Mastodon is serious about music. No, really, they are serious. This is the main thing that struck me about Mastodon’s show last Monday at First Ave. Playing in front of a packed house of revelers, none of the members of this critically acclaimed metal quartet were concerned with looking good or acting cool or saying anything clever or even making a personal connection with the audience that I find so rewarding at live shows. Maybe I’ve been missing the point: it’s about the music.
Drummer Brann Dailor, guitarist Bill Kelliher, bass player Troy Sanders and guitarist Brent Hinds powered through an hour of songs with barely a breath between tracks. At one point Hinds must have taken a drink because I saw it spray out as the lyrics erupted from his mouth. While Sanders played and sang with a sort of urgency I expected, Hinds looked as if he was giving birth to the vocals as he pushed them up through his chest with the look of concentration and struggle on his face. It was clear that these guys were here to perform for us, no less and no more. And they were serious. Kelliher, who was right in front of me, looked as though he was out for a Sunday drive as he ripped through songs like nobody’s business. He would occasionally look up from his guitar or put one of his feet up on his monitor speaker in a stance that said ‘This is me. This is what I do.’ The whole show was a refreshing atmosphere music appreciation devoid of the hipper-than-hip hipster attitude that so often fills up First Ave. Fans and band alike were there for the music.Ultimately the show is just a snapshot of a much larger picture, including my own discovery of Mastodon and the flurry of praise that has surrounded them the last six months. Of course to imply that Mastodon was “discovered” this past year would be wrong. Mastodon has been around for almost 8 years and has a loyal fan base that is either loving the much-deserved attention that the band is getting or hating the popularity that is bringing in fans like me. However, I think it is significant that people like me, who are not your traditional metal fan, gravitate towards Mastodon despite genre trappings.
Blood Mountain exploded on the music scene like no other. Anyone paying attention in September found the CD hyped at almost every corner. I listened to the geek-wad duo on Sound Opinions gush over Blood Mountain and then I turn around and read an interesting musing by friend and mentor Martin Wong on his blog about metal and Mastodon. After spending a week with the CD, I could see what the critics were talking about: from the rapid-fire drum intro of The Wolf is Lose, Mastodon sounds like a band unleashed but not without a certain measure of undeniable dexterity. In the end, it was Martin’s comments that stuck with me. His analogy that metal is the new punk has a certain ring of truth to it. Punk has been corporatized in mass media just like so many things that start out anti-establishment but get sucked into the money-generating machine. Metal, in all its different forms, still has an air of authenticity. It is firmly grounded in working class roots with very little pretenses. Except for Metallica’s anti-Napster stance, you rarely hear of metal bands standing on any sort of soapbox. (Except crazy right wing Ted Nugent who wants to shoot everybody with a bow gun and just negates himself by being an idiot.) The suits simply don't see a commodity in metal. Like Martin says, it is really hard to imagine metal being ripped for a deodorant or VW commercial. (Or is there a commercial that uses Crazy Train?)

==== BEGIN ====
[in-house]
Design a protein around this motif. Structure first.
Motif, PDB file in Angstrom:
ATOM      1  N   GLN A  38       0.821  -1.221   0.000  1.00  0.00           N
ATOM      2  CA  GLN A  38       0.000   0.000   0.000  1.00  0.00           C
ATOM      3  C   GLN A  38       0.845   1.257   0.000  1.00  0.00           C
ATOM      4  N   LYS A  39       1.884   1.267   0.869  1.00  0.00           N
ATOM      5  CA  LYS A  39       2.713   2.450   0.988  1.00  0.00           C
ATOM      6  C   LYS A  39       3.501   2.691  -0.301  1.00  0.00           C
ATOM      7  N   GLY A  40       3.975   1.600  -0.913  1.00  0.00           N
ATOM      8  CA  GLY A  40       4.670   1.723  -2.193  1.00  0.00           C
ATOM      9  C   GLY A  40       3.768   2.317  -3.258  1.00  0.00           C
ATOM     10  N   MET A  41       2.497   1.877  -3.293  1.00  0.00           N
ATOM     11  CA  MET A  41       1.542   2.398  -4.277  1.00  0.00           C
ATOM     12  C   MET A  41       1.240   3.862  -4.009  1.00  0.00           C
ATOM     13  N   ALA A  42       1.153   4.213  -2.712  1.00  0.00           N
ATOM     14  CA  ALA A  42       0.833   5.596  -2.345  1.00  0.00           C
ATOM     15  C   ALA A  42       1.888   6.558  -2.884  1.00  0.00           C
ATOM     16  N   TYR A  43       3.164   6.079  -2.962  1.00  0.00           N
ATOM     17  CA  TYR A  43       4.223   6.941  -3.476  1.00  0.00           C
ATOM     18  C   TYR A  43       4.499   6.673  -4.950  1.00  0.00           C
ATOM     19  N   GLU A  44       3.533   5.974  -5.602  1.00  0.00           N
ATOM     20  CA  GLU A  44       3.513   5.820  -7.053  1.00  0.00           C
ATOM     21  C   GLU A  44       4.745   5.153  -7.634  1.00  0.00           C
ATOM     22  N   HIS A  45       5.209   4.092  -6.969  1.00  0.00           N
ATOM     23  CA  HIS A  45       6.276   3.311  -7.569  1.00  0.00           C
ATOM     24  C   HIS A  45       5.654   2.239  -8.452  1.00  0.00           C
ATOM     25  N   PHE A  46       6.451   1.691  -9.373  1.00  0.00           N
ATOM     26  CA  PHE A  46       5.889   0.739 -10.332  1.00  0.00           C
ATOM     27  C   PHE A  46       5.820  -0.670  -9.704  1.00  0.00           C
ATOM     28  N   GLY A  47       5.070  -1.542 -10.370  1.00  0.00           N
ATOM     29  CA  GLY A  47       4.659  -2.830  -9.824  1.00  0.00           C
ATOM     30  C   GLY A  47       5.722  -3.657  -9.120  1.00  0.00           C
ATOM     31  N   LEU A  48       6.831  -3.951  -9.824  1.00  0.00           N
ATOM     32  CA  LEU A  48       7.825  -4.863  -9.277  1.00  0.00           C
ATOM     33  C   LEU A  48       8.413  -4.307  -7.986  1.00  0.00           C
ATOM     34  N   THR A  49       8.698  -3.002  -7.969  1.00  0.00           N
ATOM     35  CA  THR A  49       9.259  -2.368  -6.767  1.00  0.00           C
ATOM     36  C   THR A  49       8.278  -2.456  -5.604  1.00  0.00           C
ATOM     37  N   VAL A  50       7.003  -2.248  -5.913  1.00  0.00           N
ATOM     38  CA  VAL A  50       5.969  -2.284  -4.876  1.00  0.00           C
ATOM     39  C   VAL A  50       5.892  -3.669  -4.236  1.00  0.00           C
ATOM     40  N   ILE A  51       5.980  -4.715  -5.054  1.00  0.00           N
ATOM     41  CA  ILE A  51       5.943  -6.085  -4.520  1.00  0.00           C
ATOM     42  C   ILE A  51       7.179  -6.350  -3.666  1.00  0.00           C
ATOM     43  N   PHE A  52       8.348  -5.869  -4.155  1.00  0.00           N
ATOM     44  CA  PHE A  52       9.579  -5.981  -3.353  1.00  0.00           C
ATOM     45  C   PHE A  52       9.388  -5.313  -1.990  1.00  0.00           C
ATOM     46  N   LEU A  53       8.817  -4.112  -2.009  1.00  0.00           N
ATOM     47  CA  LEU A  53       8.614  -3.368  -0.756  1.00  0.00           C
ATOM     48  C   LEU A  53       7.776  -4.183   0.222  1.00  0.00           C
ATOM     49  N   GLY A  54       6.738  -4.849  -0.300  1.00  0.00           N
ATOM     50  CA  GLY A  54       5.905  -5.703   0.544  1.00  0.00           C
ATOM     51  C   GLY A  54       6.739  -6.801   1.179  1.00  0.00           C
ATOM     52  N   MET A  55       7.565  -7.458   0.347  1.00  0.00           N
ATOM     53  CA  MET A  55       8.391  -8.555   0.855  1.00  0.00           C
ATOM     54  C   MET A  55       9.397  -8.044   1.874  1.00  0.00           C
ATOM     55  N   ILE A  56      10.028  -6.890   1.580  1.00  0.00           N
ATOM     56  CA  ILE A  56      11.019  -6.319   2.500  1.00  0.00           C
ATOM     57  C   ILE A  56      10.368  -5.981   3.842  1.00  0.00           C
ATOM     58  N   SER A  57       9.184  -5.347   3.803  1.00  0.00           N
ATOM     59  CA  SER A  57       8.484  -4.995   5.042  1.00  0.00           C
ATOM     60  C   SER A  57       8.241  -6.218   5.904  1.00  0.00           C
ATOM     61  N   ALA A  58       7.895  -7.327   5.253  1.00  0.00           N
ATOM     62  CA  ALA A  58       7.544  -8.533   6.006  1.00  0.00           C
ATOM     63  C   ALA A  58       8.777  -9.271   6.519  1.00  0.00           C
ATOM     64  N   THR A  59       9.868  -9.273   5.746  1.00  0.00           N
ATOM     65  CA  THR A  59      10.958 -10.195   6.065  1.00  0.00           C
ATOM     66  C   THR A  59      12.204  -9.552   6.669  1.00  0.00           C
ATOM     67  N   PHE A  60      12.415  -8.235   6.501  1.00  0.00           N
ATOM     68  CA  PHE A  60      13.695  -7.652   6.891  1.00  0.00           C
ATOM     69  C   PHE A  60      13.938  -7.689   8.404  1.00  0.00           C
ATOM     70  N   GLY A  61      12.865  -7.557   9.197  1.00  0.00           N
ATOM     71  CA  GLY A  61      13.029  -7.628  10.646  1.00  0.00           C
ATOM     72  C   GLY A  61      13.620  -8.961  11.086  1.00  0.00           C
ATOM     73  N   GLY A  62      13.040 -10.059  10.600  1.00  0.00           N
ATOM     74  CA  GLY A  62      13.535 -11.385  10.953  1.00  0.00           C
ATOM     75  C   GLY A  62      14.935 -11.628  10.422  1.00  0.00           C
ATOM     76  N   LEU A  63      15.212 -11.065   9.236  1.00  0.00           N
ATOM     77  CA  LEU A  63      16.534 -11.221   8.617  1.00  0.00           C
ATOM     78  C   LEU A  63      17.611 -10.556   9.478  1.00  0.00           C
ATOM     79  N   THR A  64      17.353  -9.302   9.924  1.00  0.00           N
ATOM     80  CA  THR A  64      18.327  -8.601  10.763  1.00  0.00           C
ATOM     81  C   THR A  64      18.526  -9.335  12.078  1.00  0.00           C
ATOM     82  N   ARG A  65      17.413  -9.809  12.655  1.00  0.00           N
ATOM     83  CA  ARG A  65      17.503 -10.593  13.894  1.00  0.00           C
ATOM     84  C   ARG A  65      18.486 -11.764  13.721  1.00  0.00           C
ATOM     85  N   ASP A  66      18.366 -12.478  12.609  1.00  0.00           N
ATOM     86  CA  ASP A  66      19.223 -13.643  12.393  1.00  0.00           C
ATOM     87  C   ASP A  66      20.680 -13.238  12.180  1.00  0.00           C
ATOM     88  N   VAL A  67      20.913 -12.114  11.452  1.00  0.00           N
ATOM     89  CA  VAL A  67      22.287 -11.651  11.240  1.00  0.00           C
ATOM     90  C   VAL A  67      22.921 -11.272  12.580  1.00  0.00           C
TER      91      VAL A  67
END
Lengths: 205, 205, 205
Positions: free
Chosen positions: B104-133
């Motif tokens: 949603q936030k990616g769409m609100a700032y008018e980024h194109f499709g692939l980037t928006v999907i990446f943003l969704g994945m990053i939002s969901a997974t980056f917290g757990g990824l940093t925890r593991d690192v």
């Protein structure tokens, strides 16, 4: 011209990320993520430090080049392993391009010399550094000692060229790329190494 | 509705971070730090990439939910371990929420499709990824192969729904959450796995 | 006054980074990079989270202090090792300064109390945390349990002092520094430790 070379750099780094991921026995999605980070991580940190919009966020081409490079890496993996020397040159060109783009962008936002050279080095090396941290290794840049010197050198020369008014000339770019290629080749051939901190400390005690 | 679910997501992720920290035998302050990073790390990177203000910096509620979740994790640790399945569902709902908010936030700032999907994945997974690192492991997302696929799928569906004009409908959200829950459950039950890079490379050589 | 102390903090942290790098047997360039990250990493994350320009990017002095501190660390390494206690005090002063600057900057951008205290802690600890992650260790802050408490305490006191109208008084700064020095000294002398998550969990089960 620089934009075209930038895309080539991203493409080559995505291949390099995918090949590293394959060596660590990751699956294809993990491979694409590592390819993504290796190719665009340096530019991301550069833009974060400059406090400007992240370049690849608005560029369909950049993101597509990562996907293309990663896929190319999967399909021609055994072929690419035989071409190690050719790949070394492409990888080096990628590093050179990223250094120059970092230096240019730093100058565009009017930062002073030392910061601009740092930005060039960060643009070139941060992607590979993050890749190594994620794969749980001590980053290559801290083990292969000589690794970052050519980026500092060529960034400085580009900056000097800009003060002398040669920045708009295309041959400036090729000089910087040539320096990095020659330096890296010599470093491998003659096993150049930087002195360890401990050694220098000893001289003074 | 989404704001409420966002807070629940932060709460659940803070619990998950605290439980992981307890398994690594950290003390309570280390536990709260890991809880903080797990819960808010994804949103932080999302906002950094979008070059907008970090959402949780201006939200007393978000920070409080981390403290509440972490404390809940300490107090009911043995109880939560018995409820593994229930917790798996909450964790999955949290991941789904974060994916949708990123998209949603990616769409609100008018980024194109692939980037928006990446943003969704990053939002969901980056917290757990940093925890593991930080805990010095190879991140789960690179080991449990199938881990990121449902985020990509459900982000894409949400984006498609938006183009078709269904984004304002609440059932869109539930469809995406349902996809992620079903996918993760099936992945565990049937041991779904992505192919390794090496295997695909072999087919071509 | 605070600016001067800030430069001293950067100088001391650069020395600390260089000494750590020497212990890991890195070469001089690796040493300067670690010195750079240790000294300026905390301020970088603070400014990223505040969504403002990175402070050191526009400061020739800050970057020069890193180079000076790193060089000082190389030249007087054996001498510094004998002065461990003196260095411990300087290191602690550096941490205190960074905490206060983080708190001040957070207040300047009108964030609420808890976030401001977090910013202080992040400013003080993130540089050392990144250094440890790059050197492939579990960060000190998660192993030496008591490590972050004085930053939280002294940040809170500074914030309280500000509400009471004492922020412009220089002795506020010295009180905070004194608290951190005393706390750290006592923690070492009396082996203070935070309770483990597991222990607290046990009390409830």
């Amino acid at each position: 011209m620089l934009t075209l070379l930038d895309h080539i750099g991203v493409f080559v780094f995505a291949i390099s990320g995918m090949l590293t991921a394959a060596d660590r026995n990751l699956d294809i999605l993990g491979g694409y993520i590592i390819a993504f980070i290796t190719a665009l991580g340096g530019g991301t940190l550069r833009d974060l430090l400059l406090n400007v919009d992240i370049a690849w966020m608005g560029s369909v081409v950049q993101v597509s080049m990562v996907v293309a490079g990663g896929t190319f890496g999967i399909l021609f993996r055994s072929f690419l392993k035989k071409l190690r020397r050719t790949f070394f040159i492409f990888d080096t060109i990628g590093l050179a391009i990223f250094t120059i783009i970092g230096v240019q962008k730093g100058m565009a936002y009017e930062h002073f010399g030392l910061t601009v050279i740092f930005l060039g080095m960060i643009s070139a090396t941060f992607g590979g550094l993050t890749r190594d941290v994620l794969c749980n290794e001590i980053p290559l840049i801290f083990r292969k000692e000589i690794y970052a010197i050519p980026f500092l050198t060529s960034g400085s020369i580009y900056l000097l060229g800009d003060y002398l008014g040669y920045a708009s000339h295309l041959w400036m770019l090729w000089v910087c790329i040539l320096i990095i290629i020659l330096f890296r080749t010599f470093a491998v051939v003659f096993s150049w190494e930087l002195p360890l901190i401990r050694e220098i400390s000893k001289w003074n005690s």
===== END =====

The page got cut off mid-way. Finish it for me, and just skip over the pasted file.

Of course the praise for Blood Mountain reached a fever pitch at the end of the year. NYT critic Ben Ratliff epitomized Mastodon’s status by including Blood Mountain in his jazz-heavy top ten list. But it didn’t stop there. The local press went a little jolly bananas on the eve of the February 5th show. Both the City Pages and the Star Tribune laid out red carpets for Mastodon in the form of congratulatory A-list write-ups. As much as I believe it is all well deserved, there does seem to be a bandwagon that people on jumping on. Top it all off with a Grammy nomination for Colony of Birchmen for Best Metal Performance. To what end, we will have to wait and see.
(Check out friend and co-rocker Joe Tompkins review of the show here.)